Wednesday, November 19, 2003

"A decade after Dave Raggett began drafting the HTML+ specification, his work has become critical to an effort by the Web's founder and standardbearers to 'prevent substantial economic and technical damage' to the Internet. Documents written by the British pioneer are being cited by The World Wide Web Consortium (W3C) in urging US officials to invalidate a controversial patent which could cover key Web functionality, including the Internet Explorer web browser and several tags in the HTML standard.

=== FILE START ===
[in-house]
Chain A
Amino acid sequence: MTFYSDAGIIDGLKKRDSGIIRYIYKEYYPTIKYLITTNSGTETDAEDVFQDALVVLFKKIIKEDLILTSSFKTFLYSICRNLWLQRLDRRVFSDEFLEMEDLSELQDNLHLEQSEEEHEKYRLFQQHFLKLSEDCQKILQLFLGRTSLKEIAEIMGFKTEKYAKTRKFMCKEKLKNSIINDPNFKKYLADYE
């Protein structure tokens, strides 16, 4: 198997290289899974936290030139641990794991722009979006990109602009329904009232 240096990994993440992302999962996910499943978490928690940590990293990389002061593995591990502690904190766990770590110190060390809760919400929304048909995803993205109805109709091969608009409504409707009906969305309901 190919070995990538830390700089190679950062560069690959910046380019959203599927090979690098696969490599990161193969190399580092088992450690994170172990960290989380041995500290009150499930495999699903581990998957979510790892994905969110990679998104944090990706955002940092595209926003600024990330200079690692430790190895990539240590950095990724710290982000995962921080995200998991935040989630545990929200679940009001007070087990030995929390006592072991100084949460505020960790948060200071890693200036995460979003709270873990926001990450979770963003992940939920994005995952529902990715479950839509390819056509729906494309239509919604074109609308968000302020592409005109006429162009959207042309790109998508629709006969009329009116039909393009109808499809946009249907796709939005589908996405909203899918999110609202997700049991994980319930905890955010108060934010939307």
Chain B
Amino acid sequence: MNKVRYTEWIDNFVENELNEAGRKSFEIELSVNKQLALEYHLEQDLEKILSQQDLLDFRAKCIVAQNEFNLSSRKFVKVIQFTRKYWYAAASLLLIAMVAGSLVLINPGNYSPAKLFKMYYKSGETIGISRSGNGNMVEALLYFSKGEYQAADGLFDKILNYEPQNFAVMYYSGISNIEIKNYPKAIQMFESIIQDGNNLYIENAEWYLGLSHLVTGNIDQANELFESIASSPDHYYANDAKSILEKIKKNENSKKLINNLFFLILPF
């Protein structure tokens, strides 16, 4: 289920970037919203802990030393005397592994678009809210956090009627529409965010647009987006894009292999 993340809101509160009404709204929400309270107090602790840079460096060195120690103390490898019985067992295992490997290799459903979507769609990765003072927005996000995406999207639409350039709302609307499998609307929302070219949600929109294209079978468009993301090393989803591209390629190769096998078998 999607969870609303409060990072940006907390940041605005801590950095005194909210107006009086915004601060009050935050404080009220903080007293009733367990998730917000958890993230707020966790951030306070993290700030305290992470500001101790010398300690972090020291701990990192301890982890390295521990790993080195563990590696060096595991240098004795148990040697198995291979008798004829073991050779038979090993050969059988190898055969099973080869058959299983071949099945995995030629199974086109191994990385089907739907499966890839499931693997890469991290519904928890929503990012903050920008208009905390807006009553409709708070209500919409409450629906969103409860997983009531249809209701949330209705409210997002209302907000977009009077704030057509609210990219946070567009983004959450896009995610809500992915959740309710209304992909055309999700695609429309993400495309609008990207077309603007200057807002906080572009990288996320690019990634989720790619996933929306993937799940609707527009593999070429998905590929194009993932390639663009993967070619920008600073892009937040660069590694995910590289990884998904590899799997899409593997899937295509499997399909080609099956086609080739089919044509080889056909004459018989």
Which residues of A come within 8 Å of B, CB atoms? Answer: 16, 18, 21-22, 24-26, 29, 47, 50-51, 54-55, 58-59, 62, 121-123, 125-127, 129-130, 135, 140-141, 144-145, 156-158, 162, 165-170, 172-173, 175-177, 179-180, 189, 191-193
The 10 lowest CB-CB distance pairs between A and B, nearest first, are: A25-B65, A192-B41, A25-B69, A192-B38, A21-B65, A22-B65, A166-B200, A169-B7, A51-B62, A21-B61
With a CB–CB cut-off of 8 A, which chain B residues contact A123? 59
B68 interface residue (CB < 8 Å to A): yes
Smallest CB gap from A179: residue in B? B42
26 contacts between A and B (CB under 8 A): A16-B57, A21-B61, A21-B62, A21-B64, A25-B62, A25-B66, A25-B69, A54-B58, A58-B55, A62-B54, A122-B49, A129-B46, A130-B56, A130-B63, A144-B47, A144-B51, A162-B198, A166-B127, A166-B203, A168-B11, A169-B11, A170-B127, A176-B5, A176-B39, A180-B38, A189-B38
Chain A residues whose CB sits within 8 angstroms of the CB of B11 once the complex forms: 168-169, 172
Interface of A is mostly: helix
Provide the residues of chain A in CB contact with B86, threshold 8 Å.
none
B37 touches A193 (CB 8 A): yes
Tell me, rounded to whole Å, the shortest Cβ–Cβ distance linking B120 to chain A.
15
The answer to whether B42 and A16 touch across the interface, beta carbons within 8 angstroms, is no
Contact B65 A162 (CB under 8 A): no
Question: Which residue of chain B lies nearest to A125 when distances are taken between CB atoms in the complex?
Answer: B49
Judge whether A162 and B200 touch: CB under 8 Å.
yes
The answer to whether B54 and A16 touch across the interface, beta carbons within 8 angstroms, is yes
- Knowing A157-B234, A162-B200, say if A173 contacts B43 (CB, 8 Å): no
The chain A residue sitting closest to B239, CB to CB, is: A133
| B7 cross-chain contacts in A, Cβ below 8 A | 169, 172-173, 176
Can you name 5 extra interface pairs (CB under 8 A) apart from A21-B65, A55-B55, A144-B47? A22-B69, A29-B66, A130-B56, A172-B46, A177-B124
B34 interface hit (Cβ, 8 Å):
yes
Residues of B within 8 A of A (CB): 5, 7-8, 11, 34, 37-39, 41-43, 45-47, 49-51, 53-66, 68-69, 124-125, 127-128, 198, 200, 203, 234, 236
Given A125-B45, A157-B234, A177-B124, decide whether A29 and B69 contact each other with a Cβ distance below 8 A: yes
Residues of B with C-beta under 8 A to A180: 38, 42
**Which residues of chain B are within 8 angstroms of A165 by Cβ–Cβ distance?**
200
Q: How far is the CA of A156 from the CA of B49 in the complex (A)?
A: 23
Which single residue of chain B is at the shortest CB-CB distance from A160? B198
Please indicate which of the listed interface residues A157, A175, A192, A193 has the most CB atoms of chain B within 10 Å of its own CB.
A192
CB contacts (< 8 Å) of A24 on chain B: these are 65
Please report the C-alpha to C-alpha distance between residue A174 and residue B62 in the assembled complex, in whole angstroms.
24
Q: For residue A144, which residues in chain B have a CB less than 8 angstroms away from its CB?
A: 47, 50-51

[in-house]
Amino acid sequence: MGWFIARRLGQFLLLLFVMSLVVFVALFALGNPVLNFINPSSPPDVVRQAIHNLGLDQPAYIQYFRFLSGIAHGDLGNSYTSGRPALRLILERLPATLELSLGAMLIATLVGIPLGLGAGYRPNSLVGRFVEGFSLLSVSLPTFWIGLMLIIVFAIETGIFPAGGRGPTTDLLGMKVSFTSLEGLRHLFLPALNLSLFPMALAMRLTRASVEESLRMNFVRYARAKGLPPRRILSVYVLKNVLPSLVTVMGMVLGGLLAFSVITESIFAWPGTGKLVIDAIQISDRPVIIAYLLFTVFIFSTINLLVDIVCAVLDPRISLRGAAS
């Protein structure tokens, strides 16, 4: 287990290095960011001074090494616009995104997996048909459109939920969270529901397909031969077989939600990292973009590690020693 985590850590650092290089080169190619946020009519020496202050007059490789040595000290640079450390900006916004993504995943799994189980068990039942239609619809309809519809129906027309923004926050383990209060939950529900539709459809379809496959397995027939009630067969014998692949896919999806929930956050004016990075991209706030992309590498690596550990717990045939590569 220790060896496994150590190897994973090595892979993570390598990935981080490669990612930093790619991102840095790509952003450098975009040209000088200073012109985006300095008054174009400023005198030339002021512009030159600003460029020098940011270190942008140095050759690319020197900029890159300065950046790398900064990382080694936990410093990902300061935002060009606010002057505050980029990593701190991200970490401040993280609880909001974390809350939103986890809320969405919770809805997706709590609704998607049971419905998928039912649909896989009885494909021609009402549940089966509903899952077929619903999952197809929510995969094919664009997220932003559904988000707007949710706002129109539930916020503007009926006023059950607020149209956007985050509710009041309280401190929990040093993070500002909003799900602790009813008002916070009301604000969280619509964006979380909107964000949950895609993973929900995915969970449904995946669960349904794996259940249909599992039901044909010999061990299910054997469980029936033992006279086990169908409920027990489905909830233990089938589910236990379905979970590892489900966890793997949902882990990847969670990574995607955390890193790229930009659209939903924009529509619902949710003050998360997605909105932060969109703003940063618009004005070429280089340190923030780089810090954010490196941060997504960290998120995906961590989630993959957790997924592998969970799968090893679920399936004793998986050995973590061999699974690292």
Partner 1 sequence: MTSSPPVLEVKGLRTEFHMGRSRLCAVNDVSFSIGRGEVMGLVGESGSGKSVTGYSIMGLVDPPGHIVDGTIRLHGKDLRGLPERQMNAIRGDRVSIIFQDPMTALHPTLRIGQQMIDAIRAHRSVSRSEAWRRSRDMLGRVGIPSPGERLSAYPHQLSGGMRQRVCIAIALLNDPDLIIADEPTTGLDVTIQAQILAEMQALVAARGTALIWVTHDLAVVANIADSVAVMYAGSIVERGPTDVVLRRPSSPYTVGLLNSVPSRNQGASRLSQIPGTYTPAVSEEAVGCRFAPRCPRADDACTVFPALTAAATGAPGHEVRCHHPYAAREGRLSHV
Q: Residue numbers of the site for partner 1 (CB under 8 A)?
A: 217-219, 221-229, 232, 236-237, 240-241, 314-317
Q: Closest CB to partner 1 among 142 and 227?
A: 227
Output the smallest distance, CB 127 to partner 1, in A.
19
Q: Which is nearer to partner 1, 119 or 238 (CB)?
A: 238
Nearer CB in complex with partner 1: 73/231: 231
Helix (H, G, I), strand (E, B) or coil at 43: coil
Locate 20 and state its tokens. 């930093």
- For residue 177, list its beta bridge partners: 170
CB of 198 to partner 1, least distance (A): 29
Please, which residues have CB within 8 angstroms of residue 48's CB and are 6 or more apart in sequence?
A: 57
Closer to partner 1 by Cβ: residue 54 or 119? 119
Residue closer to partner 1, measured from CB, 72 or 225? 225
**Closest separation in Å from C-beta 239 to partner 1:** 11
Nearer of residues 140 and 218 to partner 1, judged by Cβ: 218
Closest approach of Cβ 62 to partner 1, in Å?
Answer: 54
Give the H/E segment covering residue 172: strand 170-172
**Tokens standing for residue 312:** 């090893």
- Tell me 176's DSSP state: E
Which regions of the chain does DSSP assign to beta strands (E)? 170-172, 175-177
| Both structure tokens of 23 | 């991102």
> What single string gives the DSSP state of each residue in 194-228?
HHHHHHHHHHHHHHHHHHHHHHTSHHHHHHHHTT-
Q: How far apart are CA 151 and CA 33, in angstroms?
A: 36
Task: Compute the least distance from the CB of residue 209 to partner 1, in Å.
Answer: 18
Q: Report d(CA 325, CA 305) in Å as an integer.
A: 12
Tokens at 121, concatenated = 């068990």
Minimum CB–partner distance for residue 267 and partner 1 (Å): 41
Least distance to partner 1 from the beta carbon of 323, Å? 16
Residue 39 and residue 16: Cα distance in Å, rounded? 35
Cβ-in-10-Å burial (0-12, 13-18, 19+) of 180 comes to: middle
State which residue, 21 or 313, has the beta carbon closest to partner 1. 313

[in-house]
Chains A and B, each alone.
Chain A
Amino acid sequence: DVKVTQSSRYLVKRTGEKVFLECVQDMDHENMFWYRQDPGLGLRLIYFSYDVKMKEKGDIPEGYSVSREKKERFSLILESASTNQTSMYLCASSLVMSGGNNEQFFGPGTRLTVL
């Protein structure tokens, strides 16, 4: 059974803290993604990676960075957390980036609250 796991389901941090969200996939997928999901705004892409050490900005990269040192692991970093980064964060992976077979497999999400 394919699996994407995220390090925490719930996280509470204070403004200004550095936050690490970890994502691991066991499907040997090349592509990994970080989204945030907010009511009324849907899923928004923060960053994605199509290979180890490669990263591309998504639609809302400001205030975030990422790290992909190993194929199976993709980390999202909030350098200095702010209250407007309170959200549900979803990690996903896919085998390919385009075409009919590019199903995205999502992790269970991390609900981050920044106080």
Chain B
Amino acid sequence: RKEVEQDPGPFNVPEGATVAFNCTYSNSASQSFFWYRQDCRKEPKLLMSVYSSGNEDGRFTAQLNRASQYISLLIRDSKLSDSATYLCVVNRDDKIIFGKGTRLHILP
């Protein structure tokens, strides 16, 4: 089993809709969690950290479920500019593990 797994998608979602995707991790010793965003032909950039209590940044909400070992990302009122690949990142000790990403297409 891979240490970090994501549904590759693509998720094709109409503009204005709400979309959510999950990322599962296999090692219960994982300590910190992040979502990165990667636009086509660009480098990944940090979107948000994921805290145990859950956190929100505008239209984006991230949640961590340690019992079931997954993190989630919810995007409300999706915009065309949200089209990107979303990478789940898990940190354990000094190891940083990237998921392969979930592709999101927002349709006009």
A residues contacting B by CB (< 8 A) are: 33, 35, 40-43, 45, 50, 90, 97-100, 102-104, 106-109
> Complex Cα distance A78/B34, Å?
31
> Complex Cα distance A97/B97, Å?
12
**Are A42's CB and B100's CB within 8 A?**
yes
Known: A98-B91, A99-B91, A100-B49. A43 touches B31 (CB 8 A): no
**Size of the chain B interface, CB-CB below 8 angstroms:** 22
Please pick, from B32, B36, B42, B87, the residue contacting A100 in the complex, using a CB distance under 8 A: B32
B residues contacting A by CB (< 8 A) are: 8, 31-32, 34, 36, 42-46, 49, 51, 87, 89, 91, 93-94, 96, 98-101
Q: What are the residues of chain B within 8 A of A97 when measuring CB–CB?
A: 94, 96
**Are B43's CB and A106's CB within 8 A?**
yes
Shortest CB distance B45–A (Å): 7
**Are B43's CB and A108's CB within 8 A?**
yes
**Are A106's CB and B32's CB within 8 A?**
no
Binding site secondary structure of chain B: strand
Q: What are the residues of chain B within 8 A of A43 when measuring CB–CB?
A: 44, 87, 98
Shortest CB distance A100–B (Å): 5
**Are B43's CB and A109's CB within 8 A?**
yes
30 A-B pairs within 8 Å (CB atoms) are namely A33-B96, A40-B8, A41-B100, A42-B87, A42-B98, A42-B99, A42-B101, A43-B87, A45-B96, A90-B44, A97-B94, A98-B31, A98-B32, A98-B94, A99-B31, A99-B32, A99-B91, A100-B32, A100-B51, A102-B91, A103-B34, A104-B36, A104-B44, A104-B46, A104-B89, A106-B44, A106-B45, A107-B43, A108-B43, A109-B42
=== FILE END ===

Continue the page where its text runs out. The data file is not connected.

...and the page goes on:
The patent in question is held by the University of California and licensed to Eolas Technologies, which in August won a $521 million court judgment against Microsoft after a jury found that the Internet Explorer browser infringed the UC/Eolas patent."
"In my emails and in the HTML+ spec, I described the idea of using dynamically loaded libraries for extending browsers to add support for new data formats without the need to modify the browser's own code," Raggett wrote. "A common API would be needed for the control path between the browser and the extension. This was later realized by Marc Andreessen when he moved from the NCSA Mosaic project to Netscape, in the form of the Netscape plugin API."
"If the patent is upheld, it could also affect HTML tags (including APPLET, OBJECT and EMBED) and force developers to modify any web sites that used them."
Netcraft: Eolas Patent 'A Well Known Idea'.

No comments: